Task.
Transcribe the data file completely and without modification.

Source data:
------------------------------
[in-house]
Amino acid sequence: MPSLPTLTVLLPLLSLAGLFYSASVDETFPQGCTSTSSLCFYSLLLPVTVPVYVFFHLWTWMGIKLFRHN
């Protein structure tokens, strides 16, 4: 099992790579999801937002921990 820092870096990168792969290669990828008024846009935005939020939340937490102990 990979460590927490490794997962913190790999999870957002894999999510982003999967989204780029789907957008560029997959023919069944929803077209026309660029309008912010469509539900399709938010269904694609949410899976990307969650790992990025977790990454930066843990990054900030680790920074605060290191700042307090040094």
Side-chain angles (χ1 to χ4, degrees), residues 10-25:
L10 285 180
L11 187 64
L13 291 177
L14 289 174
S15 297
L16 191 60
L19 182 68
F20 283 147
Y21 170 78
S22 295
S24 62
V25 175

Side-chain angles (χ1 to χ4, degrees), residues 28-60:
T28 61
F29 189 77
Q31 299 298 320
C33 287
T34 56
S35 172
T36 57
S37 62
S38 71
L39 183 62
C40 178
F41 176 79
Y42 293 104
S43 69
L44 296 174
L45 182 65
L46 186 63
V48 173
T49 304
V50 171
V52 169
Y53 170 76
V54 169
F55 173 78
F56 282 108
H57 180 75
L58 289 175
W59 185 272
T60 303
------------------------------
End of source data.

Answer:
[in-house]
Amino acid sequence: MPSLPTLTVLLPLLSLAGLFYSASVDETFPQGCTSTSSLCFYSLLLPVTVPVYVFFHLWTWMGIKLFRHN
């Protein structure tokens, strides 16, 4: 099992790579999801937002921990 820092870096990168792969290669990828008024846009935005939020939340937490102990 990979460590927490490794997962913190790999999870957002894999999510982003999967989204780029789907957008560029997959023919069944929803077209026309660029309008912010469509539900399709938010269904694609949410899976990307969650790992990025977790990454930066843990990054900030680790920074605060290191700042307090040094």
Side-chain angles (χ1 to χ4, degrees), residues 10-25:
L10 285 180
L11 187 64
L13 291 177
L14 289 174
S15 297
L16 191 60
L19 182 68
F20 283 147
Y21 170 78
S22 295
S24 62
V25 175

Side-chain angles (χ1 to χ4, degrees), residues 28-60:
T28 61
F29 189 77
Q31 299 298 320
C33 287
T34 56
S35 172
T36 57
S37 62
S38 71
L39 183 62
C40 178
F41 176 79
Y42 293 104
S43 69
L44 296 174
L45 182 65
L46 186 63
V48 173
T49 304
V50 171
V52 169
Y53 170 76
V54 169
F55 173 78
F56 282 108
H57 180 75
L58 289 175
W59 185 272
T60 303